A monthly wipe down with a wax/polish/lube rag will help keep them that way...AND find those meathooks before bare flesh does, too.<G>
I need to replace mine and based on this thread, I'll probably go with uncoated stainless. Any thoughts on what to do about the meathooks once you find them, other than replacement?
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Old 22-09-2006, 09:42   #12
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Speedoo, AFAIK the meathooks mean that strands are failing, i.e. the wire has degraded and it is time to REPLACE it because you can't tell how many more internal strands have already failed. Think of the meathooks as an early warning system.<G>

I'm sure some sanding or crazy glue or epoxy and a bit of tape over it would buy you time but the info I keep getting (consistantly) on rigging is that even one meathook means "Danger Will Robinson".
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Old 22-09-2006, 09:45   #13
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If you use 3/16 inch or 5mm or larger 1X19 wire any meathook development indicates replacement of that broken section. The individual strands are sufficiently large that if you break even one you have a problem that needs to be fixed.

Naturally if the wire passes through the lifeline stanchions in stead of terminating at each one then you must endeavor to make sure that there are fair leads for the cable else you invite a break due to abuse from those gorillas who insist on forcing loads onto your lifelines. You must abuse those gorillas.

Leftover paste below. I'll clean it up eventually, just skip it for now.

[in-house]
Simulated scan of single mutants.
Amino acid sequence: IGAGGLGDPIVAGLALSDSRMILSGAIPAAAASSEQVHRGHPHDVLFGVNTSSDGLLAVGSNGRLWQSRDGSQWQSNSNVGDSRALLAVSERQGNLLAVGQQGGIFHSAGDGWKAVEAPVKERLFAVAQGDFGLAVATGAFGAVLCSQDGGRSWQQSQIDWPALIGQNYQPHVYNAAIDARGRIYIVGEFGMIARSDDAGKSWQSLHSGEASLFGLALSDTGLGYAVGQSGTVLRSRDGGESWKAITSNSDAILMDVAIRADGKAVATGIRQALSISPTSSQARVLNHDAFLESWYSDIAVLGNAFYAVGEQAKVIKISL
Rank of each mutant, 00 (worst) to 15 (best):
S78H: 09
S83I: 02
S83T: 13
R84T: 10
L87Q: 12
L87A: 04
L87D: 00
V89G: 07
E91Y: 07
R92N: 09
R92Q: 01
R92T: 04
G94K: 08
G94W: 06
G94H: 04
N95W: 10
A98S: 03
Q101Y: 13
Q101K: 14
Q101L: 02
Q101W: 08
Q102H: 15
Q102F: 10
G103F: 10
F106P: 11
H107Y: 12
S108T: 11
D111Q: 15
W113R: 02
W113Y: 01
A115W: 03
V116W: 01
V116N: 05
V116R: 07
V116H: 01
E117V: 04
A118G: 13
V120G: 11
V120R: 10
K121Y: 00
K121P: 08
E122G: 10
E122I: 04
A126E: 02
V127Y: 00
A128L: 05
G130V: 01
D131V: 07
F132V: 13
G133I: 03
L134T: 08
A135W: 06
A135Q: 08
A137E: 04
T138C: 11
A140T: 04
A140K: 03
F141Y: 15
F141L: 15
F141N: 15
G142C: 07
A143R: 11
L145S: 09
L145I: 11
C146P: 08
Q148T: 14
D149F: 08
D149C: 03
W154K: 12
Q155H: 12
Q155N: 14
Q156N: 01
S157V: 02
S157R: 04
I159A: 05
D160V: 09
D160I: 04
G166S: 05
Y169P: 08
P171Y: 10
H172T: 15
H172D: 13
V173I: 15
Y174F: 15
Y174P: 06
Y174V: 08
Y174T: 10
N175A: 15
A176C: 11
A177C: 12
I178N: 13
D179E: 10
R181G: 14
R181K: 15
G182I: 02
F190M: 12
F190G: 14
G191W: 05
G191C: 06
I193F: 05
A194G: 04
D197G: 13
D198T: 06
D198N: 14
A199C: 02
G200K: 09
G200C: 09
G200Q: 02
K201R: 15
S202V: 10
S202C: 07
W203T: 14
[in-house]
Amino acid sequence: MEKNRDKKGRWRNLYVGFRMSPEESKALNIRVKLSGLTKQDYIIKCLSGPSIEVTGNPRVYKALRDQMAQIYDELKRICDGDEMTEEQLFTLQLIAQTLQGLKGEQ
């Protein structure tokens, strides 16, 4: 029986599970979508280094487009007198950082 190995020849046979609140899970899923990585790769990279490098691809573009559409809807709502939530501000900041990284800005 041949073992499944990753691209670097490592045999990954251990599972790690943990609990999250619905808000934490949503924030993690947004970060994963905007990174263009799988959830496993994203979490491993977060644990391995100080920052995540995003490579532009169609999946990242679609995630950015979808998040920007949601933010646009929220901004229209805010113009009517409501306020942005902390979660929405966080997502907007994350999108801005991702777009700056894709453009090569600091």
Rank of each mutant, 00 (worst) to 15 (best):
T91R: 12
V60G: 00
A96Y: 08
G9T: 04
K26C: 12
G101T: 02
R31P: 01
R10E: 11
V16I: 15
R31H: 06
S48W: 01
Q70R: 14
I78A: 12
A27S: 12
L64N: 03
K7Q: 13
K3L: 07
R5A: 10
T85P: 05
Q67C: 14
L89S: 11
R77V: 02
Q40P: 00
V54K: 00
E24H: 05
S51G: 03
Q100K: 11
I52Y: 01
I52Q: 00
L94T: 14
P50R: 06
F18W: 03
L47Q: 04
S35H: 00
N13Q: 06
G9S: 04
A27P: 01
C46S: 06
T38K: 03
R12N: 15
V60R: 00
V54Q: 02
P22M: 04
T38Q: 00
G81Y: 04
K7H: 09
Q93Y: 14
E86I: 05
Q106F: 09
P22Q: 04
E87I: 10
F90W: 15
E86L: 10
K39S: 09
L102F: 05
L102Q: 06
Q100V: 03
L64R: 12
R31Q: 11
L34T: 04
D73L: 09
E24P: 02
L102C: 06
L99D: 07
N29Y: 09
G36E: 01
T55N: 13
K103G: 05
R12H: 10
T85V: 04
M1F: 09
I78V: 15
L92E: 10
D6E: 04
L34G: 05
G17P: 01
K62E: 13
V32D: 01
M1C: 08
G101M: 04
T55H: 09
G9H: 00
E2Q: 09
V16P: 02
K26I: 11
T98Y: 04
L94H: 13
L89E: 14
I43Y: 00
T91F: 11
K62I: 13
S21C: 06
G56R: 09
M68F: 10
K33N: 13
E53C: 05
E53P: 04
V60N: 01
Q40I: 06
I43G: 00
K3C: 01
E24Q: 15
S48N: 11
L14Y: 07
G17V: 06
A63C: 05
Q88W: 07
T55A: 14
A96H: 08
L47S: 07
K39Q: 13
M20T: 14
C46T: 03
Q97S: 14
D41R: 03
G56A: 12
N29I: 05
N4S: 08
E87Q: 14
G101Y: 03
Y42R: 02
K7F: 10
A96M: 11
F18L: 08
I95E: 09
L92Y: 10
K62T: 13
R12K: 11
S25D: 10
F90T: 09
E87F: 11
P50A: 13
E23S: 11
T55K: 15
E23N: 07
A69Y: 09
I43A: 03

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Old 22-09-2006, 18:23   #14
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I think you will find you are allowed to have 'covered' SS lifelines but not 'coated'.

Coated being something bonded directly onto the wire and covered being thru a tube of some sort. If you do use a tube make sure you put a small hole/s at the lower points so there is no water standing inside.

Any meathooks in any wire means it's on it's way out and needs to be replaced. Even dropping 1 strand in a 1 x 19 wire gives a big strength loss.
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Old 23-09-2006, 01:30   #15
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Hi Gmac. No the covered lines are not allowed. That's the stuff that looks like clothes line.

Rick, a small SST turnbuckle would keep the tension on. Actually the rules require a pull test of (argh I haven't got my rule book here) so many Newtons of right angle pull to the lifeline and the line is only allowed to deflect a certain measurement.